The national tour of director Jerry Zaks’ exuberantly received revival of “Hello, Dolly!” has finally reached the Hollywood Pantages Theatre. And though it brings us neither Bette Midler, who won a Tony Award for the title role in 2017, nor Bernadette Peters, who replaced Midler on Broadway to equally warm praise, this show cannot be accused of shortchanging us on star power.
Betty Buckley plays Dolly.
Betty Buckley, as in the Tony-winning, “Memory”-singing Grizabella in “Cats.” Star of “Sunset Boulevard,” “Pippin,” “1776” and “Grey Gardens.” Diva with a capital D.
Many may remember her as Abby on TV’s “Eight Is Enough,” but she has appeared in dozens of films and produced 18 solo albums in her 50-year career.
Recaps of the plot, unfortunately, seldom succeed in conveying the goofy charms of Michael Stewart’s book (based on the Thornton Wilder play “The Matchmaker”) and Jerry Herman’s songs, but here goes: Dolly Gallagher Levi is a middle-aged marriage broker in 1880s New York City who also runs side hustles including music lessons, long-distance hauling, varicose-vein reduction and surgical corset-reboning, which she advertises with business cards pulled from a carpet bag.
When Horace Vandergelder, a wealthy grain merchant in Yonkers (then a rural outpost), hires Dolly to find him a wife, she selects the perfect woman: herself. The problem is that Horace — a stingy, ill-tempered misogynist — doesn’t want to marry her. So Dolly devises a madcap plan to trick him into proposing. Along the way she arranges matches for Horace’s niece and his two underpaid employees.
The action bounces along, neatly interspersed with sprightly songs (lushly orchestrated by Larry Hochman) and peppy, unabashedly silly dances (choreographed by Warren Carlyle in homage to Gower Champion, who directed and choreographed the original Broadway production. Santo Loquasto’s colorful period costumes come together with his scenic backdrops to create living paintings.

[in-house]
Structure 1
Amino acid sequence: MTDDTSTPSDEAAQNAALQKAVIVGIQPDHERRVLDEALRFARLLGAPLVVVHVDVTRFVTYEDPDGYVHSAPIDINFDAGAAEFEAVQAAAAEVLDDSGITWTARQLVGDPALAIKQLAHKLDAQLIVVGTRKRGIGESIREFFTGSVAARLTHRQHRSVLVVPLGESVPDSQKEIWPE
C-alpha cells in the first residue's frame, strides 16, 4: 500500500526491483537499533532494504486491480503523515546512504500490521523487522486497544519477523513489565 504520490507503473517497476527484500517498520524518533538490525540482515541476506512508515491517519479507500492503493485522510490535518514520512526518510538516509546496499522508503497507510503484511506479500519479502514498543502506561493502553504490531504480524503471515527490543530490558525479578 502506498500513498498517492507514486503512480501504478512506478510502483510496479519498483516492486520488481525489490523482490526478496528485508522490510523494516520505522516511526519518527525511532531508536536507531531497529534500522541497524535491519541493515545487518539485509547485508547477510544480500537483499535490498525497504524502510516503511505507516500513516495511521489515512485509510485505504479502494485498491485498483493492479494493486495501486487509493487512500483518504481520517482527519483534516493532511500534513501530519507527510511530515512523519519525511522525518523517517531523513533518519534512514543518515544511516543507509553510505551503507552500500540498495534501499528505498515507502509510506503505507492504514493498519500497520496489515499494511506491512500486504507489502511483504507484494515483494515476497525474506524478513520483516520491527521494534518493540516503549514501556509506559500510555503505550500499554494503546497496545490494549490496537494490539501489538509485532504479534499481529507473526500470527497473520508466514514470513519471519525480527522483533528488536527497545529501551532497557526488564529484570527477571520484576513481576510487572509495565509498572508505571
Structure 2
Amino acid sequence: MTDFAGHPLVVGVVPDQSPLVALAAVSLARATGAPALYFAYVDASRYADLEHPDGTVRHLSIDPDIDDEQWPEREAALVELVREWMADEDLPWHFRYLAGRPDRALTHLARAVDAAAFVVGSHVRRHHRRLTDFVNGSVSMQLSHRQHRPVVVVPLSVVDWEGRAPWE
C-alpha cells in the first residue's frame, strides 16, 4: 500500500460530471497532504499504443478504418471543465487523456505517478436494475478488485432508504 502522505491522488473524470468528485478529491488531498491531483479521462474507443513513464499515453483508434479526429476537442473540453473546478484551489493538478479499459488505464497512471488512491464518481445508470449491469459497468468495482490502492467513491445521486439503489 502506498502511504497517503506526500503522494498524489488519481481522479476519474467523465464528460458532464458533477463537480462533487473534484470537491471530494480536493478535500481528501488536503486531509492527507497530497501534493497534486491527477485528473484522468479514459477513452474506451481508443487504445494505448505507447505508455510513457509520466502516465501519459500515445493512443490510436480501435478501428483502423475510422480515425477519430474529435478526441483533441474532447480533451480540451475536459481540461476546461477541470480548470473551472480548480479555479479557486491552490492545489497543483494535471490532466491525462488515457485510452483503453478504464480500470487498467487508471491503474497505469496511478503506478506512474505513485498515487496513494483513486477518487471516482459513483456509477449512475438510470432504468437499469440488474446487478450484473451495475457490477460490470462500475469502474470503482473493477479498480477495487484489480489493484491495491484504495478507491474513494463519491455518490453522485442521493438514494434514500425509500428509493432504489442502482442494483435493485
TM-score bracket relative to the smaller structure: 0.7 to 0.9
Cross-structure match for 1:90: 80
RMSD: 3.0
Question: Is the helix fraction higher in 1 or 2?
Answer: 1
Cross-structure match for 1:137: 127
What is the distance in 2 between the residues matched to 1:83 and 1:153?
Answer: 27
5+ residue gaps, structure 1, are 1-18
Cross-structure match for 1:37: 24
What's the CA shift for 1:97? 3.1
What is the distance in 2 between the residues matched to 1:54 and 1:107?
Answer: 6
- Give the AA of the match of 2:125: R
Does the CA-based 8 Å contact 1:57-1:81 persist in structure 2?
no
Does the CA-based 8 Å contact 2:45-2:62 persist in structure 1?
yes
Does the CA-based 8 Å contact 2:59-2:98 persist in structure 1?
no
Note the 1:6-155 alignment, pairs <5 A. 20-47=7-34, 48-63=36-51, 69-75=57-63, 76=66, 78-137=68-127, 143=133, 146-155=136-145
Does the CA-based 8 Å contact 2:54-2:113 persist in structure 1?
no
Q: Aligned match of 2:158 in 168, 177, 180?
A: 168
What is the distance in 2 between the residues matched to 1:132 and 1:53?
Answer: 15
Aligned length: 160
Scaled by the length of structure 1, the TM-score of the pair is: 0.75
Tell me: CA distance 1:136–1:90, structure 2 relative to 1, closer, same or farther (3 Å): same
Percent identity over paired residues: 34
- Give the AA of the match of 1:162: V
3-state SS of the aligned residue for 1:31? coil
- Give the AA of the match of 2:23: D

If the supporting parts and story lines are cheerfully cartoonish, written mostly like ham sandwiches, the cast members bite into them with gusto. Lewis J. Stadlen is consistently entertaining as the curmudgeonly Horace. Nic Rouleau and Jess LeProtto, who play Horace’s dimwitted clerks, and Analisa Leaming and Kristen Hahn as their love interests, are all fun to watch.
Still, it’s hard to ignore a niggling feeling that these stories aren’t the focus of “Hello, Dolly!” The point is, in fact, to give the audience as many chances as possible to admire its leading lady. Dolly has to be played by a star. If she weren’t, would we be so captivated by our first glimpse of her, popping out from behind a newspaper on a horse-drawn trolley? Would we scream so hysterically as she poses at the top of a staircase in her red sequined dress and plumed headpiece?
Buckley as Dolly constitutes a code red for musical theater fanatics. The star missed much of the show’s weeklong run in Costa Mesa last month because of illness, making her appearance in Hollywood that much more special. And this particular production is so sumptuously designed, we’re not likely to see its equal anytime soon.
But it must be said that “Hello, Dolly!” may be one of the weirder musicals in America’s canon. For me, the oddest thing about it is an unapologetic focus on money. (The first five words of Dolly’s final monologue? “Money, money, money, money, money.”)
Money — the having or not having of it, the impulse to obtain more of it, its power to make odious people look attractive — is the principal engine of “Hello, Dolly!”
Why would clever, multitalented, tenderhearted Dolly, who enjoyed a blissful marriage with the late Ephraim Levi, have any interest in legally binding herself to awful old Horace? She tells us from the outset: his money.
Meanwhile, when Horace’s two clerks escape his tyranny for a day of adventure, they’re too worried about their finances to have a very good time. They spend so much time squinting into a change purse, counting and recounting coins, it made me nervous. I kept patting for my wallet.
There is even a character named Evangeline Money, an imaginary heiress Dolly uses to confuse Horace.
By the curtain, though, Dolly had brought me around to her view of money: “It's all in how you use it,” she said. “Money ... pardon the expression ... is like manure. It's not worth a thing unless it's spread around encouraging young things to grow!” Not a bad reminder in our own gilded age.
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Where: Hollywood Pantages Theatre, 6233 Hollywood Blvd, Los Angeles
When: 8 p.m. Tuesdays-Friday, 2 and 8 p.m. Saturdays, 1 and 6:30 p.m. Sundays; ends Feb. 17
Tickets: $35 and up
Running time: 2 hours, 40 minutes
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